Just because this fleeting thing we call time marches on, it doesn’t necessarily mean that we move on with it as sometimes we remain emotionally, psychologically, romantically, spiritually – even somewhat physically – stuck in moments of the past.
And no film captures this idea better than the Cannes Ecumenical Jury Prize winner The Past which introduces us to an extended group of people that are making plans and doing everything they can to move forward beyond various life-changing events (some public, some private) that have kept parts of them forever bookmarked in time and place.
Cinematically reminiscent of both 1950s Douglas Sirk movies and Three Colors era Krzysztof Kieślowski, Iranian filmmaker Asghar Farhadi’s riveting follow-up to his 2012 Oscar, Golden Globe and Independent Spirit Award winner A Separation centers on the dramatic fallout that occurs with regard to another separated couple.
Hoping to get remarried to her new boyfriend (Tahar Rahim), a French mother of two named Marie (played by Cannes award winning Best Actress Bérénice Bejo) invites her estranged Iranian husband Ahmad (Ali Mostaffa) to Paris to grant her a divorce – completely unprepared for the collision of past and present that coincides with her plans for the future.
An intelligently crafted soap opera, The Past is as riveting as an Agatha Christie mystery due to the intricacy with which Farhadi reveals one emotionally devastating puzzle piece after another and allows us to continually rearrange the evidence to create a constantly changing portrait of an extended family.
Yet even when he threatens to go too far off the melodramatic deep end, writer/director Farhadi manages to keep things universally relatable against all odds.
Furthermore, unlike far too many American dramas that tell you how to feel with song cues, everything is left open to psychological interpretation… including the possible implication of the film’s blink-and-you-missed-it final shot that all count on your participation (and thankfully filmmaker commentary on the luxe Blu-ray release) to help clarify.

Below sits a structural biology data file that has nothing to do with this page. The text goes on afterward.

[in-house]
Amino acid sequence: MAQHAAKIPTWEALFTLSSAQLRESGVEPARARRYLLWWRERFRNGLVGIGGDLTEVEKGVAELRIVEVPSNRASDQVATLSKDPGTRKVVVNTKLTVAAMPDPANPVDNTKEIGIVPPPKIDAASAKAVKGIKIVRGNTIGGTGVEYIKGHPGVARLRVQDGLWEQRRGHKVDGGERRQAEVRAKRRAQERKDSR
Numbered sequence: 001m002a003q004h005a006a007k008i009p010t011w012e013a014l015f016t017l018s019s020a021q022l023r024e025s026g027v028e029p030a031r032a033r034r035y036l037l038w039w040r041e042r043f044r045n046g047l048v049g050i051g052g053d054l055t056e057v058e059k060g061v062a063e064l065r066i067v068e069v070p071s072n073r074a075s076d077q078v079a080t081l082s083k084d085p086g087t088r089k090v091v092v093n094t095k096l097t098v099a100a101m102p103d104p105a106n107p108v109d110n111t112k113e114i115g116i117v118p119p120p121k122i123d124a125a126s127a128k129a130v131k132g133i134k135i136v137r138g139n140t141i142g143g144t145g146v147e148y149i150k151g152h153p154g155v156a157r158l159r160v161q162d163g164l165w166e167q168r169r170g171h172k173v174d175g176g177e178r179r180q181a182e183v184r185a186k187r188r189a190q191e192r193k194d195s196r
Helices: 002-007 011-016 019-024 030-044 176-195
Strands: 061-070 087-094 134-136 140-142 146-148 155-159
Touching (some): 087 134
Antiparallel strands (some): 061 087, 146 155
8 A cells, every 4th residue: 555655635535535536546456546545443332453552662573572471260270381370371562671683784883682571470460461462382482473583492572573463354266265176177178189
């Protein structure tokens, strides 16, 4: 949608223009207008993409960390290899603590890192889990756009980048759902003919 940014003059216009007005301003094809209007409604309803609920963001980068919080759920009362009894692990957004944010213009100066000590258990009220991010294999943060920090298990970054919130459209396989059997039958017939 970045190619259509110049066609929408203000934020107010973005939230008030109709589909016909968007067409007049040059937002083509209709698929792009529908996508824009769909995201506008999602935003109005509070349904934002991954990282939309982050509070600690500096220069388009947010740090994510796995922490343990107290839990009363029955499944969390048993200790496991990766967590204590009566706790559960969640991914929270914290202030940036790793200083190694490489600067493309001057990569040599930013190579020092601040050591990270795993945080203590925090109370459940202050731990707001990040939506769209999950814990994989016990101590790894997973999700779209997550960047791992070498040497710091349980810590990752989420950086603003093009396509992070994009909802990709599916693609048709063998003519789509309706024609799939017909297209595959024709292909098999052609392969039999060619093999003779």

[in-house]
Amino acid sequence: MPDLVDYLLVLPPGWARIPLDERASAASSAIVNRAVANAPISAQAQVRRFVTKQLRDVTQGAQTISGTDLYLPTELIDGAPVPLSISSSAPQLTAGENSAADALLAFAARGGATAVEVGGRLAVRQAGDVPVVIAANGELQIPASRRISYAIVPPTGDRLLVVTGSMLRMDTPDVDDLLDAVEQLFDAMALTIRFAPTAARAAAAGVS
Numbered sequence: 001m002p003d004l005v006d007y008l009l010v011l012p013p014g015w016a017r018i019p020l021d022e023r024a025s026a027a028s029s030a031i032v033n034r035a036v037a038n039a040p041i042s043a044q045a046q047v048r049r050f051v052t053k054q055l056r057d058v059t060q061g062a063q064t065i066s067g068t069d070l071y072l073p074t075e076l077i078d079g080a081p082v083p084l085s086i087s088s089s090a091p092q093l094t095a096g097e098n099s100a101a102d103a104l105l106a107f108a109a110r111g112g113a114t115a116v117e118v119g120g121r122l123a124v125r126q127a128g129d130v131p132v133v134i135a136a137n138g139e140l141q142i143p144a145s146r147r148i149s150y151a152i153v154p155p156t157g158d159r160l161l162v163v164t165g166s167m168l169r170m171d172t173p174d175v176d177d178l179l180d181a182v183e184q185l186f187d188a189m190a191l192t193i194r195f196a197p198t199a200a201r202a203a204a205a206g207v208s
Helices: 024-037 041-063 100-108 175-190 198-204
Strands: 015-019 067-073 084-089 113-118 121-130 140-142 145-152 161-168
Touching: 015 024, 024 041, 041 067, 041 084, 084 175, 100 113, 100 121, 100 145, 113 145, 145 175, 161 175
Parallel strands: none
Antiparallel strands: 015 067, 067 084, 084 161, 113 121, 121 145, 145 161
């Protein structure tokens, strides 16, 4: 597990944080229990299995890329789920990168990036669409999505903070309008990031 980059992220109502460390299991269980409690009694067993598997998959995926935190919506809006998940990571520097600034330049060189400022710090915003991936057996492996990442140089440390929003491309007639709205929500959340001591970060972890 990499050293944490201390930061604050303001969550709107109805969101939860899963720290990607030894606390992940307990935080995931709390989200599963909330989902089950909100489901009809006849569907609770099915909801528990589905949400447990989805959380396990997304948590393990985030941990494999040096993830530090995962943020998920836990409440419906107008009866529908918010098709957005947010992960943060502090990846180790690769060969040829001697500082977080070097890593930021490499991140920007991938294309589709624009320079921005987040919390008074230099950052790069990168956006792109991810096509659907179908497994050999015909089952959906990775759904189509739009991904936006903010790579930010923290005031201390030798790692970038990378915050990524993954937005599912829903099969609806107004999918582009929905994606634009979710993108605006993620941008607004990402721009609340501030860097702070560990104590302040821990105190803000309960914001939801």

Throughout the deeply engrossing film, we’re invited to not only speculate as to the real reasons behind the tension between the children and adults in the film (who are often so much wiser than their parents) but also place ourselves in the unenviable shoes of its complex characters who go through the emotional wringer from start to finish.
While thankfully it does provide a number of answers, one of the most fascinating things about The Past is that the characters – and by extension the viewer – is then faced with the prospect of what (if anything) to do with the information.
Easily the most impressive Sirkian adult foreign drama I’ve seen since I first discovered the films of Susanne Bier (Open Hearts, After the Wedding), while unfortunately The Past failed to receive an Academy Award nomination for this year’s Best Foreign Language Film, it is both vastly superior to and infinitely more relatable than this year’s Italian surrealist winner The Great Beauty.
The type of work wherein the less you know going in the better, The Past may be a sophisticated Iranian-French coproduction but it could just as well have taken place in any country.
Yet fortunately because of the origins of its director, The Past has helped shine much needed light on the talented directors of the Iranian filmmaking community, which has sadly been overshadowed for decades due to political unrest.
Now hopefully thanks to present hits – from great Iranian helmers of the past like Children of Heaven’s Majid Majidi to masters of the future like Asghar Farhadi – Iranian cinema won’t remain a secret for long as time marches on.
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